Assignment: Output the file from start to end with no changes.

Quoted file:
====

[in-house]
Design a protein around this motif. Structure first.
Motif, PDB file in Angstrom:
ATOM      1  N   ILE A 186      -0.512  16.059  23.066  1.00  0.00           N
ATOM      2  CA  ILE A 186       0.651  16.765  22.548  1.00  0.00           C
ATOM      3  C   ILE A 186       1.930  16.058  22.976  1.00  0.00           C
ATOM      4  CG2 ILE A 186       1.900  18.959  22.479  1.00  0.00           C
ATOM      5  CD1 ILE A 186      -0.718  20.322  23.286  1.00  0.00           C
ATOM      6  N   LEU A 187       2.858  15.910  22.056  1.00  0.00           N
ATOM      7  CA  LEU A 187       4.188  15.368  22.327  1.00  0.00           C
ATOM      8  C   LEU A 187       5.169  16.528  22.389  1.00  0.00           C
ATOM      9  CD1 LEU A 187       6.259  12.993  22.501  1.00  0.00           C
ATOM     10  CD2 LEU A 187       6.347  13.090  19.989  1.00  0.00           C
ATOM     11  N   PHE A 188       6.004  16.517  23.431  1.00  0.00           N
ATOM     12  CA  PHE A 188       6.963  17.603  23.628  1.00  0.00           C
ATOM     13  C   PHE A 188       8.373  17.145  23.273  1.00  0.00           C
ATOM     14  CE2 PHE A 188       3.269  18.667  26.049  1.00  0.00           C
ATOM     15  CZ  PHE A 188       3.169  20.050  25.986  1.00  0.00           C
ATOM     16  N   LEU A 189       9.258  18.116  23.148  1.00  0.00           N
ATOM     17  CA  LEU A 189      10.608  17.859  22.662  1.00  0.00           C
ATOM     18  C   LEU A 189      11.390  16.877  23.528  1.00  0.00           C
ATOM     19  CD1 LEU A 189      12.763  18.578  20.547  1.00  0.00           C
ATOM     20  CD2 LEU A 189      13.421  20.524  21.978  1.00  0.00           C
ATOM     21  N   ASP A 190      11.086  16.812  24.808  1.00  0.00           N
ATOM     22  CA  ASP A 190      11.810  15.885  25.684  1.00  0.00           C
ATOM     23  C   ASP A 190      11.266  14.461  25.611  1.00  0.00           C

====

[in-house]
Design a protein around this motif. Structure first.
Motif, PDB file in Angstrom:
ATOM      1  N   ILE A 186      -0.512  16.059  23.066  1.00  0.00           N
ATOM      2  CA  ILE A 186       0.651  16.765  22.548  1.00  0.00           C
ATOM      3  C   ILE A 186       1.930  16.058  22.976  1.00  0.00           C
ATOM      4  CG2 ILE A 186       1.900  18.959  22.479  1.00  0.00           C
ATOM      5  CD1 ILE A 186      -0.718  20.322  23.286  1.00  0.00           C
ATOM      6  N   LEU A 187       2.858  15.910  22.056  1.00  0.00           N
ATOM      7  CA  LEU A 187       4.188  15.368  22.327  1.00  0.00           C
ATOM      8  C   LEU A 187       5.169  16.528  22.389  1.00  0.00           C
ATOM      9  CD1 LEU A 187       6.259  12.993  22.501  1.00  0.00           C
ATOM     10  CD2 LEU A 187       6.347  13.090  19.989  1.00  0.00           C
ATOM     11  N   PHE A 188       6.004  16.517  23.431  1.00  0.00           N
ATOM     12  CA  PHE A 188       6.963  17.603  23.628  1.00  0.00           C
ATOM     13  C   PHE A 188       8.373  17.145  23.273  1.00  0.00           C
ATOM     14  CE2 PHE A 188       3.269  18.667  26.049  1.00  0.00           C
ATOM     15  CZ  PHE A 188       3.169  20.050  25.986  1.00  0.00           C
ATOM     16  N   LEU A 189       9.258  18.116  23.148  1.00  0.00           N
ATOM     17  CA  LEU A 189      10.608  17.859  22.662  1.00  0.00           C
ATOM     18  C   LEU A 189      11.390  16.877  23.528  1.00  0.00           C
ATOM     19  CD1 LEU A 189      12.763  18.578  20.547  1.00  0.00           C
ATOM     20  CD2 LEU A 189      13.421  20.524  21.978  1.00  0.00           C
ATOM     21  N   ASP A 190      11.086  16.812  24.808  1.00  0.00           N
ATOM     22  CA  ASP A 190      11.810  15.885  25.684  1.00  0.00           C
ATOM     23  C   ASP A 190      11.266  14.461  25.611  1.00  0.00           C